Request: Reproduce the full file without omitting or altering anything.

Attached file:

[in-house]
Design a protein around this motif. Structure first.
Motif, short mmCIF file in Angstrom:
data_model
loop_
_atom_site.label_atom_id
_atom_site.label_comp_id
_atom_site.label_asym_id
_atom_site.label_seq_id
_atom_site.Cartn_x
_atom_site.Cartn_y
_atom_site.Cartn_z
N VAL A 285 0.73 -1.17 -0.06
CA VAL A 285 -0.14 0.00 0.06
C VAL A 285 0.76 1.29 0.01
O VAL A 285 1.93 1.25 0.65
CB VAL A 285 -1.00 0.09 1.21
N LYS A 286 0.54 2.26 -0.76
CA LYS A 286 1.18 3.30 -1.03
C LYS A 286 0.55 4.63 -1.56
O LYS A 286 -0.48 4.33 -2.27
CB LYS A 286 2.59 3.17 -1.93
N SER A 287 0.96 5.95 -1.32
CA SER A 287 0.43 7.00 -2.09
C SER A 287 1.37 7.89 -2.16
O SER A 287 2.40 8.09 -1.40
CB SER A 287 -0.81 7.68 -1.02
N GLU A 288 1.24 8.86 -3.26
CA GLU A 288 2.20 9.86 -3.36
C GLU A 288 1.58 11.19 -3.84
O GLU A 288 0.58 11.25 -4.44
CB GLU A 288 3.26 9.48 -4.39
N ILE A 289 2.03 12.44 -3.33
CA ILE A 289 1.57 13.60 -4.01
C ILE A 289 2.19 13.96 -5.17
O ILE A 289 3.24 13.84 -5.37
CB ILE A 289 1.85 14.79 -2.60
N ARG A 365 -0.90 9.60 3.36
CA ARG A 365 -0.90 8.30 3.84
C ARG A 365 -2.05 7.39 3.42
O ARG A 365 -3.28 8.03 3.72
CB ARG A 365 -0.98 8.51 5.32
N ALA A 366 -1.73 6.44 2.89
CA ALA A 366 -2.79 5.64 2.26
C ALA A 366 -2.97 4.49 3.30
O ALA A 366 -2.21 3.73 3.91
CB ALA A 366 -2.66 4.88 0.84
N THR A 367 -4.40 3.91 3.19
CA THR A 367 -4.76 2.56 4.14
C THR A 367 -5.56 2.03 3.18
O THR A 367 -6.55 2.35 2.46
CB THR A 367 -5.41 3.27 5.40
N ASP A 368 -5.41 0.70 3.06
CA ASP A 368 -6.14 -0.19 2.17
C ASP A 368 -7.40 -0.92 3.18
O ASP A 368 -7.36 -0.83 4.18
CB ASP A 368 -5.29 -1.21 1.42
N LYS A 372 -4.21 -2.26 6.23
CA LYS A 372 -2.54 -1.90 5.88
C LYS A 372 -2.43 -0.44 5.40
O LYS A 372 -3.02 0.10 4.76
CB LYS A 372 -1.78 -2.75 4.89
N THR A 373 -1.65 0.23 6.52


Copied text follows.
[in-house]
Design a protein around this motif. Structure first.
Motif, short mmCIF file in Angstrom:
data_model
loop_
_atom_site.label_atom_id
_atom_site.label_comp_id
_atom_site.label_asym_id
_atom_site.label_seq_id
_atom_site.Cartn_x
_atom_site.Cartn_y
_atom_site.Cartn_z
N VAL A 285 0.73 -1.17 -0.06
CA VAL A 285 -0.14 0.00 0.06
C VAL A 285 0.76 1.29 0.01
O VAL A 285 1.93 1.25 0.65
CB VAL A 285 -1.00 0.09 1.21
N LYS A 286 0.54 2.26 -0.76
CA LYS A 286 1.18 3.30 -1.03
C LYS A 286 0.55 4.63 -1.56
O LYS A 286 -0.48 4.33 -2.27
CB LYS A 286 2.59 3.17 -1.93
N SER A 287 0.96 5.95 -1.32
CA SER A 287 0.43 7.00 -2.09
C SER A 287 1.37 7.89 -2.16
O SER A 287 2.40 8.09 -1.40
CB SER A 287 -0.81 7.68 -1.02
N GLU A 288 1.24 8.86 -3.26
CA GLU A 288 2.20 9.86 -3.36
C GLU A 288 1.58 11.19 -3.84
O GLU A 288 0.58 11.25 -4.44
CB GLU A 288 3.26 9.48 -4.39
N ILE A 289 2.03 12.44 -3.33
CA ILE A 289 1.57 13.60 -4.01
C ILE A 289 2.19 13.96 -5.17
O ILE A 289 3.24 13.84 -5.37
CB ILE A 289 1.85 14.79 -2.60
N ARG A 365 -0.90 9.60 3.36
CA ARG A 365 -0.90 8.30 3.84
C ARG A 365 -2.05 7.39 3.42
O ARG A 365 -3.28 8.03 3.72
CB ARG A 365 -0.98 8.51 5.32
N ALA A 366 -1.73 6.44 2.89
CA ALA A 366 -2.79 5.64 2.26
C ALA A 366 -2.97 4.49 3.30
O ALA A 366 -2.21 3.73 3.91
CB ALA A 366 -2.66 4.88 0.84
N THR A 367 -4.40 3.91 3.19
CA THR A 367 -4.76 2.56 4.14
C THR A 367 -5.56 2.03 3.18
O THR A 367 -6.55 2.35 2.46
CB THR A 367 -5.41 3.27 5.40
N ASP A 368 -5.41 0.70 3.06
CA ASP A 368 -6.14 -0.19 2.17
C ASP A 368 -7.40 -0.92 3.18
O ASP A 368 -7.36 -0.83 4.18
CB ASP A 368 -5.29 -1.21 1.42
N LYS A 372 -4.21 -2.26 6.23
CA LYS A 372 -2.54 -1.90 5.88
C LYS A 372 -2.43 -0.44 5.40
O LYS A 372 -3.02 0.10 4.76
CB LYS A 372 -1.78 -2.75 4.89
N THR A 373 -1.65 0.23 6.52